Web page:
Lenoir City Council effectively said “no” Thursday to a candidate running for the city’s governing body while she works for Lenoir City Utilities Board.
Council reconvened Thursday after going into recess during an executive session of its regularly scheduled Aug. 13 meeting.
The matter in question concerned Earlena Maples, who works for LCUB and turned in a petition to run for city council. Maples has served as county commissioner for the second district for 32 years, but lost in the August election to newcomer Julia Hurley.
Council referred to Tennessee Code Annotated 7-51-1501, which notes local governmental employees cannot be a candidate for state or local political office unless otherwise authorized by law or local ordinance. The city’s charter says nothing, which city attorney Gregory Harrison said would disqualify Maples.
“State law says that she can’t run, and the legislators created that law simply because ... what kind of place would we have if we had employees, city employees, telling department heads or general managers or whoever the case may be if they were allowed to run for office? We would never get anything done,” Tony Aikens, city mayor, said after the meeting. “There would be conflict of interests from the get-go, and so you can’t — she’s welcome to run — I have the utmost respect for Earlena, and I think she served the citizens of Loudon County well as a county commissioner, and she’s welcome to run for city council if she wants to retire.”
Councilmen Jim Shields and Eddie Simpson motioned and seconded, respectively, to give Harrison the authority to take the necessary steps to contest Maples’ candidacy. The vote passed 5-0, with Councilman Bobby Johnson Sr. abstaining.
Three seats are up for election that are currently being held by Shields, Douglas “Buddy” Hines and Mike Henline. All three are running for re-election.
Jennifer Wampler will also seek to retain her seat for a two-year unexpired term. Wampler took over for her late husband, Harry Wampler, who passed away in October 2016. Council also serves on the LCUB board.
“Of those three if you were to vote on a matter such as this, i.e. a person running against you on the ballot, or being on the ballot, that’s not necessarily a direct conflict but it would be considered an indirect conflict,” Harrison said during the meeting. “The difference being direct versus indirect — direct conflict you could not vote on this issue. An indirect conflict allows you to vote, but you need to keep in mind any kind of ramifications that may occur, if any, if you were to vote, and I believe what you’ve been passed to, TCA 6-54-107, if you elect to vote with this indirect conflict you need to announce or pronounce what has been highlighted for you in that particular state statute.”
TCA 6-54-107 notes a member of a governing body of a municipality who is an employee of that same municipality can vote on matters in which they have a conflict of interest if they inform the board beforehand and plan to vote only with their conscience and obligation to constituents and residents the body represents.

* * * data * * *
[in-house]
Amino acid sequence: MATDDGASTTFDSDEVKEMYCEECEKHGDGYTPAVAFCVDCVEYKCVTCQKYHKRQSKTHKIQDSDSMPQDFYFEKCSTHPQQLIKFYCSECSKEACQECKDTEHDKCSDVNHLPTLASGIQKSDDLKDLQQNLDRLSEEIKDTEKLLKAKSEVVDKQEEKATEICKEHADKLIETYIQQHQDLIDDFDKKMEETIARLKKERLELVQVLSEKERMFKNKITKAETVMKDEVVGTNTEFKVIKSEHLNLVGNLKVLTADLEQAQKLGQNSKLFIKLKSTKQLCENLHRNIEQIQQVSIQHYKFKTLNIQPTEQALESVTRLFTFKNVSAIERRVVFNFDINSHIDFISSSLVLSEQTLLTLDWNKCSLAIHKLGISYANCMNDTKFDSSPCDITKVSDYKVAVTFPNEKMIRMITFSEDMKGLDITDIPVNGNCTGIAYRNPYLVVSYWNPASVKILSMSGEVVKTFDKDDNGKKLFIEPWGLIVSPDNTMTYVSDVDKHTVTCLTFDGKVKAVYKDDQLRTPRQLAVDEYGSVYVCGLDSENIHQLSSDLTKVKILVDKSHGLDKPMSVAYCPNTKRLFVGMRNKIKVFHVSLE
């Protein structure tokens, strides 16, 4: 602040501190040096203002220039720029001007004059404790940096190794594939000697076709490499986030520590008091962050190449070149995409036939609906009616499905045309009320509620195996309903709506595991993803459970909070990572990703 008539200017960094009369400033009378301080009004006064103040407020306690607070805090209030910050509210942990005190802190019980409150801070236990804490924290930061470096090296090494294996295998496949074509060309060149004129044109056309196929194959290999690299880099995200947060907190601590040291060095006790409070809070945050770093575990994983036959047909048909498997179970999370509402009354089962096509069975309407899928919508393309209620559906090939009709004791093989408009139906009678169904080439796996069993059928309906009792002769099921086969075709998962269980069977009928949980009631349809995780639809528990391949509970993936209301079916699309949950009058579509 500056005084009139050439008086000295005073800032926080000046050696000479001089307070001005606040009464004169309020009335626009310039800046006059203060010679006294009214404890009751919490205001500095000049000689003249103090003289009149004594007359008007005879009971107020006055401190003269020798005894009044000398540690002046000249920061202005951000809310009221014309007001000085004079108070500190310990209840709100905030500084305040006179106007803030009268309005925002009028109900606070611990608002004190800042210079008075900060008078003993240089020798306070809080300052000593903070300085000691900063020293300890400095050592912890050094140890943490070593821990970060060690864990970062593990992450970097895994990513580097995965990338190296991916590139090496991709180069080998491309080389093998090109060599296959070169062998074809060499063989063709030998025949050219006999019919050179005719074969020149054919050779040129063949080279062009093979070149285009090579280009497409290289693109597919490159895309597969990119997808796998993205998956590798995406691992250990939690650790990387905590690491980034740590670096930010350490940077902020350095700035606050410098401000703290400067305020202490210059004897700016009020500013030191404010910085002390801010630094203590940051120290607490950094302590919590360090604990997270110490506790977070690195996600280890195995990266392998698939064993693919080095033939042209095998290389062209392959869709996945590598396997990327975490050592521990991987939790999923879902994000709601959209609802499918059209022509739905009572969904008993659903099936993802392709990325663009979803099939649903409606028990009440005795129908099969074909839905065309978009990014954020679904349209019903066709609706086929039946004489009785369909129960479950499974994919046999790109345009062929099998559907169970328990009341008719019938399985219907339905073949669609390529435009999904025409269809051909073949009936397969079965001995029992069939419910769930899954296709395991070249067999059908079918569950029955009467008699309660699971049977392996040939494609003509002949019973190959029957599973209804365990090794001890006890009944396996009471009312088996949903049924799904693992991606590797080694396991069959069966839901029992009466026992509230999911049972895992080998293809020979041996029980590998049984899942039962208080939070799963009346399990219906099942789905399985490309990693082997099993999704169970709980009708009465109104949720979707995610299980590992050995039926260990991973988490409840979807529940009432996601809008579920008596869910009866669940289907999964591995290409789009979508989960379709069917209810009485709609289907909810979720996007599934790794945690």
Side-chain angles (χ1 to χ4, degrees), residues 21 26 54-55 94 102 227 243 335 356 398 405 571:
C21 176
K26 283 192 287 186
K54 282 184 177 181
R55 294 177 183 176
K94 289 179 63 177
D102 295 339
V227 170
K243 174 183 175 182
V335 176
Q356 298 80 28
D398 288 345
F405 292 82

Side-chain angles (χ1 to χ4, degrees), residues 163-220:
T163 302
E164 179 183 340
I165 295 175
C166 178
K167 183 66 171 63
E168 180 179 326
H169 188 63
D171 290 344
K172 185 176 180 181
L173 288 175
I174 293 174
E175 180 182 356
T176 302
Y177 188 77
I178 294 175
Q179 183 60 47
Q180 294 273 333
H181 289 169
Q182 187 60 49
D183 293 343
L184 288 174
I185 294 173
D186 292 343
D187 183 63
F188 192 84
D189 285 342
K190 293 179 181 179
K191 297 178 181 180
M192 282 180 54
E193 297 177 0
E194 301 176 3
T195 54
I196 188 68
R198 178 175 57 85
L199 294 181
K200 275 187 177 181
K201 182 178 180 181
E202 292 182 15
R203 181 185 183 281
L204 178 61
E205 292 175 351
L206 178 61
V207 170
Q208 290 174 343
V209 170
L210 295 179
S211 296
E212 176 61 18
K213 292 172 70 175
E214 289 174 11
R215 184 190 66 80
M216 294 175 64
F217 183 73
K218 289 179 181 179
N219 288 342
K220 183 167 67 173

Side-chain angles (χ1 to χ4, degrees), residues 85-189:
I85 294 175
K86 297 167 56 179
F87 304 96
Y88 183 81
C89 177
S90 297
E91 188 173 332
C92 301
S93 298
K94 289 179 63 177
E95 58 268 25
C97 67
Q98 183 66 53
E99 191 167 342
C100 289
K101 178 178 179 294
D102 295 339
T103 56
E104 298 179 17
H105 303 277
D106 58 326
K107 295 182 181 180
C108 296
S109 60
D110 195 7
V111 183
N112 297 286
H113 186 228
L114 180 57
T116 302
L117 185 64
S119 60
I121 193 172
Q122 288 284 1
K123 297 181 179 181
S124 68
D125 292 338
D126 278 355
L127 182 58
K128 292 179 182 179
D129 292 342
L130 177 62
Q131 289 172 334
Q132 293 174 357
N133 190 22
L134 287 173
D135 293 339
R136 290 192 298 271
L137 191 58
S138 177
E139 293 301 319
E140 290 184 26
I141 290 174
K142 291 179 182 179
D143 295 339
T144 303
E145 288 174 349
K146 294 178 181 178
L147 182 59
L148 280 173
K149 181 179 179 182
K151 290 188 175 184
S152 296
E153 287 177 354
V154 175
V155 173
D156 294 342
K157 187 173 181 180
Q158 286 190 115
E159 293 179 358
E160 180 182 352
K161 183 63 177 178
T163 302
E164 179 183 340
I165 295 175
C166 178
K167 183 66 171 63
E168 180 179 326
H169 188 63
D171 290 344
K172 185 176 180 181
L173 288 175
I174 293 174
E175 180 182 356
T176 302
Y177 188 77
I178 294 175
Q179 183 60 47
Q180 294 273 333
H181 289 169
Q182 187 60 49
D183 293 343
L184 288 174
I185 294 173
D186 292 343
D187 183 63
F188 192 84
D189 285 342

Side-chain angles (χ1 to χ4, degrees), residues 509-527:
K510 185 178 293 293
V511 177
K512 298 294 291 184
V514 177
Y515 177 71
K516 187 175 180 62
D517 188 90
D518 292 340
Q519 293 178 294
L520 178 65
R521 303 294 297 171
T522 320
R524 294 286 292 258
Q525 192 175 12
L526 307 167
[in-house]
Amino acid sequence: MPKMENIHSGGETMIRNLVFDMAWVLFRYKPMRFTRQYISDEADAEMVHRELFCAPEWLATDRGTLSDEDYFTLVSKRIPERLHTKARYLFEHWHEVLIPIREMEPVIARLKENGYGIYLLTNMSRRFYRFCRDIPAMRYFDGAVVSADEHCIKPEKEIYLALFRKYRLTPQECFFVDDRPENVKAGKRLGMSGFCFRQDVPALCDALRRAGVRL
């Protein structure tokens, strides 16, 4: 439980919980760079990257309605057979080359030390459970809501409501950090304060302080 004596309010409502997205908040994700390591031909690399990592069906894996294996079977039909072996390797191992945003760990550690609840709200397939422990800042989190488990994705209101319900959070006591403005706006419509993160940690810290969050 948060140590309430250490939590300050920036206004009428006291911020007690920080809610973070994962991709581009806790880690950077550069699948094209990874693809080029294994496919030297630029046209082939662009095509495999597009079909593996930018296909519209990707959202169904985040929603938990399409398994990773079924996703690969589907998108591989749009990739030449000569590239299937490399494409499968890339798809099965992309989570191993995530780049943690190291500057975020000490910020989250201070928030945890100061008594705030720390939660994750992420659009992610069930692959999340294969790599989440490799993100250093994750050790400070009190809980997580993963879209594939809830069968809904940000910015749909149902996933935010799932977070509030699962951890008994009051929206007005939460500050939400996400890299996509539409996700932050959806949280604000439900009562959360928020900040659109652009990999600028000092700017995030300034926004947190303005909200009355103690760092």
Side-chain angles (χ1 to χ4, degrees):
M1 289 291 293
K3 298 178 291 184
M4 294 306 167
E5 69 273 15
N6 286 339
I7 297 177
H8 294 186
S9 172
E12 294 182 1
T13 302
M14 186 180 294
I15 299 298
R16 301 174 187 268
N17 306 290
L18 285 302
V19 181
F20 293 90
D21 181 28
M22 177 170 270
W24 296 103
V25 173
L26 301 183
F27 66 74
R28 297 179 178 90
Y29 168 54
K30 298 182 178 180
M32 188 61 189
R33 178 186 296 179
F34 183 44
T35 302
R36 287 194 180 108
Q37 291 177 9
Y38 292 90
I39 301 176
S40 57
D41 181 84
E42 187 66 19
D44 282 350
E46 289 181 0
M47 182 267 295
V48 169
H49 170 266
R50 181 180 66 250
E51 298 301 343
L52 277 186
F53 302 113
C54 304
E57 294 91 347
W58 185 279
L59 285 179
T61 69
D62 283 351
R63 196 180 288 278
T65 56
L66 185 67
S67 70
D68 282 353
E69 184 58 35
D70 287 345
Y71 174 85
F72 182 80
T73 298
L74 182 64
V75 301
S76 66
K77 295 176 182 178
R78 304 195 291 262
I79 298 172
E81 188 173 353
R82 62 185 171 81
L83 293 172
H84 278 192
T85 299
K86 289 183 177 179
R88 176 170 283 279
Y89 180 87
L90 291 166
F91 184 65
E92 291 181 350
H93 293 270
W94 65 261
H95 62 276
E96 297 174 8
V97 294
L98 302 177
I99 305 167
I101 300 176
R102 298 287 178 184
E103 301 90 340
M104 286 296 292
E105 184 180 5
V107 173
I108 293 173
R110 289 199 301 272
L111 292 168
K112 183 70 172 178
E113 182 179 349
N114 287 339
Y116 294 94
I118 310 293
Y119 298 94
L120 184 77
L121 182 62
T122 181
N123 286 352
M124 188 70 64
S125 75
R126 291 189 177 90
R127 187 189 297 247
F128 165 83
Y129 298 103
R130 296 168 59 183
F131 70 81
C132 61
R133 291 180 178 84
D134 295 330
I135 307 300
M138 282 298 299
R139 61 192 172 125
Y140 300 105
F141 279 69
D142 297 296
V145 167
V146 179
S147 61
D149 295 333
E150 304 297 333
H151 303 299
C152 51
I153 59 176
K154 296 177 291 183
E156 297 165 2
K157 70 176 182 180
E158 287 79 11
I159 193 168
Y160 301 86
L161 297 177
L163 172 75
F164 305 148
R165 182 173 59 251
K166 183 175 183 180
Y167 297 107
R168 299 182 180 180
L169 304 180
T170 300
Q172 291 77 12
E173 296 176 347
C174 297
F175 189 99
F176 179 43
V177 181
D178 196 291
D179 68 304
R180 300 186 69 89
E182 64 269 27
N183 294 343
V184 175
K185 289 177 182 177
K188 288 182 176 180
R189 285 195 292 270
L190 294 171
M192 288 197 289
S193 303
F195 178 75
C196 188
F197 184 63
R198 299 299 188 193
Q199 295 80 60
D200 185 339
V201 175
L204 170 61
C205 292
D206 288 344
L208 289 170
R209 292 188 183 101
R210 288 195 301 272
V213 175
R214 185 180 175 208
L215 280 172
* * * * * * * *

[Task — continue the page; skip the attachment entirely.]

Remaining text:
“I like Earlena, I’ve supported her all along,” Wampler said after the meeting. “My conflict would be you cannot sit on the governing board of LCUB and also be an employee. So I would love to have her run for city council but not be as an employee of LCUB.”
Following the meeting, Harrison expressed the city’s intentions to Loudon County Election Commission. A hearing has been set for 7 p.m. Monday at the county office building.
“Obviously, we’ll file something with the election commission,” Aikens said. “The election commission will in turn notify her that the city’s filed action to prevent her from being on the ballot and then the ball is in her court. It’ll be up to her to rescind it or it’ll be up to her to ask for a hearing, which they’ll have to give it to her. Depending on the outcome of that hearing, obviously if they vote in favor to keep her on the ballot then it’s up to the city to take it to chancery court. Likewise, if the vote is to take her off the ballot then it’s up to her to take it to chancery court.”
In a follow-up interview, Maples said she had no intention of retiring from LCUB, where she has served for 37 years.
“I don’t plan to retire, that’s not in my plans right now,” Maples said. “Again, if I’m an employee so is the city council. They draw two checks, one from the city and one from the utility board, and they’re covered under LCUB’s insurance. We’ll just have to see what happens here, but I look forward to running if it’s possible and it works out. ... I hope I’ll be able to run and I look forward to it. The second district has always been so good to me anyway and I appreciate it greatly.”
Maples’ isn’t the first dispute by council regarding a potential candidate. Four years ago city council questioned a man’s one-year residency in Lenoir City.